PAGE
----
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Enthnography - Essay Example

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Name: Instructor: Course: Date: Culture of the Chinese Women China is one of the nations in East Asia that has a wealth of history on the roles of women in the society and it offers a good platform to see the dynamic change in the roles of women from traditional China to the present day…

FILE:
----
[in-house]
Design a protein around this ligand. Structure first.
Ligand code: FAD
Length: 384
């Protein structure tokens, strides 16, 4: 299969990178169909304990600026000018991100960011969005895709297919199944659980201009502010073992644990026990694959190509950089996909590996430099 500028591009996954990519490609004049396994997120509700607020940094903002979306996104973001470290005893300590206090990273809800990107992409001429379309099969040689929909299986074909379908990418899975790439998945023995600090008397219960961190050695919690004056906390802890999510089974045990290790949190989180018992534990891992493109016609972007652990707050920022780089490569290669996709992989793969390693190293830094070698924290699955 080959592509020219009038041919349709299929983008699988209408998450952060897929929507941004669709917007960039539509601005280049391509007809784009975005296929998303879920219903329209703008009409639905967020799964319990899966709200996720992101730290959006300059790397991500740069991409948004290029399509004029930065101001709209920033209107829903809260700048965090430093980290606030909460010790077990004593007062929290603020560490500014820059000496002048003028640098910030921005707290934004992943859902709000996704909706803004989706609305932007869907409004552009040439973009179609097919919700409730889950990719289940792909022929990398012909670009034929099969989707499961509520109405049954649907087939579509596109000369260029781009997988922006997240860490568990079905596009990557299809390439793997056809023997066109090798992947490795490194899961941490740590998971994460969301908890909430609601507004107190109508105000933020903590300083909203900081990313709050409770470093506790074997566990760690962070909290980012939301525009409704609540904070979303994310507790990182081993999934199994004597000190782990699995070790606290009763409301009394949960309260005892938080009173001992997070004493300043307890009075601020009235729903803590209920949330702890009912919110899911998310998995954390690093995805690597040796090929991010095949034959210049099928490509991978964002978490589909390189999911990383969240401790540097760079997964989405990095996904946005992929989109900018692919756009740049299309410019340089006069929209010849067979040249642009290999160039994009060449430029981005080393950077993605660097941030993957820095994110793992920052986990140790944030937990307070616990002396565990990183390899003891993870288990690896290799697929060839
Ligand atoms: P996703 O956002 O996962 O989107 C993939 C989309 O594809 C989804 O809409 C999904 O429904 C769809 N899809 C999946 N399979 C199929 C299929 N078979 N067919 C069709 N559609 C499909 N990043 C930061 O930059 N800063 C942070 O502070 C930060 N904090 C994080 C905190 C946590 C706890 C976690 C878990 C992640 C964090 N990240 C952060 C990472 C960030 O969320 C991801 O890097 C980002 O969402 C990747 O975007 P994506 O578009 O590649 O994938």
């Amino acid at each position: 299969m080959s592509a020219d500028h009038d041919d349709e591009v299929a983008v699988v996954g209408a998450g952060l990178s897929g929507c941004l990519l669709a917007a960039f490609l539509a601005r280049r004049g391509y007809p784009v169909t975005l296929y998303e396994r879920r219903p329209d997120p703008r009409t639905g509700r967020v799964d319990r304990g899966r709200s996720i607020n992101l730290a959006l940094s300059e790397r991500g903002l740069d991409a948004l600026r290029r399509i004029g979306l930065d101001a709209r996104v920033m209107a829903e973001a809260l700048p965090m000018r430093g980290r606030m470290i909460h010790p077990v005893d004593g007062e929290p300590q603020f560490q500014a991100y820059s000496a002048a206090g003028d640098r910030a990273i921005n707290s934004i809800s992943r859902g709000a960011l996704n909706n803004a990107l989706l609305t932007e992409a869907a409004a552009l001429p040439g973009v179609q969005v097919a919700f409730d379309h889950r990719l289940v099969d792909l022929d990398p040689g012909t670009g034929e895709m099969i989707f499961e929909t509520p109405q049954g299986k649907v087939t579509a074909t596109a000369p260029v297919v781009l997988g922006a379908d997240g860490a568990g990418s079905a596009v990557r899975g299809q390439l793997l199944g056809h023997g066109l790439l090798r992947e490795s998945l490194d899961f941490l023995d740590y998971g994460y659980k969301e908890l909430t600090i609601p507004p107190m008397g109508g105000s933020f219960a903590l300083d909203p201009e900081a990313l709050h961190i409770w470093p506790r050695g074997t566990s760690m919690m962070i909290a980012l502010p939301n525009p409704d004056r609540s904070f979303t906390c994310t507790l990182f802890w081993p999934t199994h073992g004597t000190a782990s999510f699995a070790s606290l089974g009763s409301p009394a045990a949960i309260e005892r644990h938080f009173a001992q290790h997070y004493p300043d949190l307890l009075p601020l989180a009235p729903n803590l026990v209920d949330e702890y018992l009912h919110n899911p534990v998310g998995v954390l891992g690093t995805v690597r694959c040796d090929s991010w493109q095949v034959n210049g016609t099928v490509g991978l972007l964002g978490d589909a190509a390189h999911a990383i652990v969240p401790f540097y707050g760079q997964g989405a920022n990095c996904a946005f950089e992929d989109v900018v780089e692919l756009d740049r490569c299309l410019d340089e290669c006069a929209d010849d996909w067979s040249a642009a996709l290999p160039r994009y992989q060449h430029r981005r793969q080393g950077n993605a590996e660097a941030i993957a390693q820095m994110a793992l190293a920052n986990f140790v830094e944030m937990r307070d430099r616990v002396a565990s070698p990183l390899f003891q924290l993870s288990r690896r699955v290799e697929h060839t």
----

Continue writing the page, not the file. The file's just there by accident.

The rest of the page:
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Download file to see previous pages If she does something that is considered bad, let her not deny it. Let her bare disgrace and let her endure when others speak evil or do evil to her…always let her seem to tremble and fear” (Rachel, 301). This audacious statement was put together by a respected man in ancient China whose opinion mattered in the courts of law and exerted great influence on the judge’s decision and judgment served to women. This is a brief peak into the setting of China about 2000 years ago. In ancient China, the girl child was always treated with contempt and referred to with disappointment by the men who would tower over them as though they were gods to be served and satisfied by the women. The women were more often than not looked upon as concubines and no woman would claim right, whether legally or morally to be the sole wife of one man. The men had every right to take to themselves as many women as he would to be his multiple wives. The married women would also fall in a hierarchy based on simple factors as, the maid who was most favored by the master would come top of the list. Other bases would be the order in which they were married. To say that women in Chinese history were treated as animals would almost be an understatement since some of the practices were bordering evil. For example, one of the most common practices in ancient China was that of crippling women which started from their childhood where their feet would be bound (Rachel, 305). The arch of each foot would be deliberately broken and the foot tied to prevent it from growing. This would latter lead to a painful hobbling kind of motion for the women and their mobility would be limited to household chores. In the process of time, wealthy households and the non-aristocratic Chinese could not afford to have their women unable to work due to the crippling so they opted to keep them as slaves. They did jobs such as spinning clothes, processing tea and other labour intensive tasks in the home. During these severe times of inequality, there were individuals who arose to show that women were not as useless as deemed and that they could exert a certain degree of influence. For example, in ancient history, the heir to the Chinese throne was taken by a young boy whose mother; ‘Empress Dowager’ was the true ruler (Rachel, 307). Another interesting area to note as the changes in tradition changed overtime, the role of arranging marriages was handed to an aunt or older female relatives. They decided which families would be allied by marriage and who would pay the dowry to whom. In some regions of ancient China an interesting tradition was developed of having groups of 6 to 7 women who would be “sworn-sisters” and they would even develop their language and system of writing to help them communicate amongst themselves. On the onset of the 19th century, there was an outcry of discontentment amongst the Chinese people regarding the roles of the women. However, it was not until the short lived Chinese republic that there was significant progress in the fight for women rights. The rise of communists under the Mao caused a shift in the long held beliefs and traditions that degraded the Chinese people and they were willing to die for their beliefs and one of their goals was to erase the inequality between the men and women once and for all. In these times women worked outside their home, were educated and involved themselves in political matters (Rachel, 309). With the death of Mao the nation moved towards a ...Download file to see next pagesRead More
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